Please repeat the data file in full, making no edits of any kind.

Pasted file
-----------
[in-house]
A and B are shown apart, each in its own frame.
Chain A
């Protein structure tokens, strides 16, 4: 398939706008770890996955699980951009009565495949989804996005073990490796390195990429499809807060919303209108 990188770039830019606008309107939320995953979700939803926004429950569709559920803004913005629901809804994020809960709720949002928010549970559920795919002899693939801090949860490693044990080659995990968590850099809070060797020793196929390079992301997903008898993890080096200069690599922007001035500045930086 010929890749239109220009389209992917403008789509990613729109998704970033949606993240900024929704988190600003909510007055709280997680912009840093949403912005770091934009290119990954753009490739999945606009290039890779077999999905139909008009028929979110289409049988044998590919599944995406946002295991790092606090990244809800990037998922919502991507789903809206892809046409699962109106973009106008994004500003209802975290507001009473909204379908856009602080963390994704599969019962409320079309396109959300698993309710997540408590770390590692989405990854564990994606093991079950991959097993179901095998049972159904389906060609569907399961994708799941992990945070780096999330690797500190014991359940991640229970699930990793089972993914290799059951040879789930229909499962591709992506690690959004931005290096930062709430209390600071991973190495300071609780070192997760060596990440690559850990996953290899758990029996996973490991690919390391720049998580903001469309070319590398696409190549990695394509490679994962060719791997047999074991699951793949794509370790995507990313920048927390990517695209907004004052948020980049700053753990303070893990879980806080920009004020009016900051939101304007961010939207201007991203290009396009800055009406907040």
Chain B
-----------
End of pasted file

[in-house]
A and B are shown apart, each in its own frame.
Chain A
């Protein structure tokens, strides 16, 4: 398939706008770890996955699980951009009565495949989804996005073990490796390195990429499809807060919303209108 990188770039830019606008309107939320995953979700939803926004429950569709559920803004913005629901809804994020809960709720949002928010549970559920795919002899693939801090949860490693044990080659995990968590850099809070060797020793196929390079992301997903008898993890080096200069690599922007001035500045930086 010929890749239109220009389209992917403008789509990613729109998704970033949606993240900024929704988190600003909510007055709280997680912009840093949403912005770091934009290119990954753009490739999945606009290039890779077999999905139909008009028929979110289409049988044998590919599944995406946002295991790092606090990244809800990037998922919502991507789903809206892809046409699962109106973009106008994004500003209802975290507001009473909204379908856009602080963390994704599969019962409320079309396109959300698993309710997540408590770390590692989405990854564990994606093991079950991959097993179901095998049972159904389906060609569907399961994708799941992990945070780096999330690797500190014991359940991640229970699930990793089972993914290799059951040879789930229909499962591709992506690690959004931005290096930062709430209390600071991973190495300071609780070192997760060596990440690559850990996953290899758990029996996973490991690919390391720049998580903001469309070319590398696409190549990695394509490679994962060719791997047999074991699951793949794509370790995507990313920048927390990517695209907004004052948020980049700053753990303070893990879980806080920009004020009016900051939101304007961010939207201007991203290009396009800055009406907040």
Chain B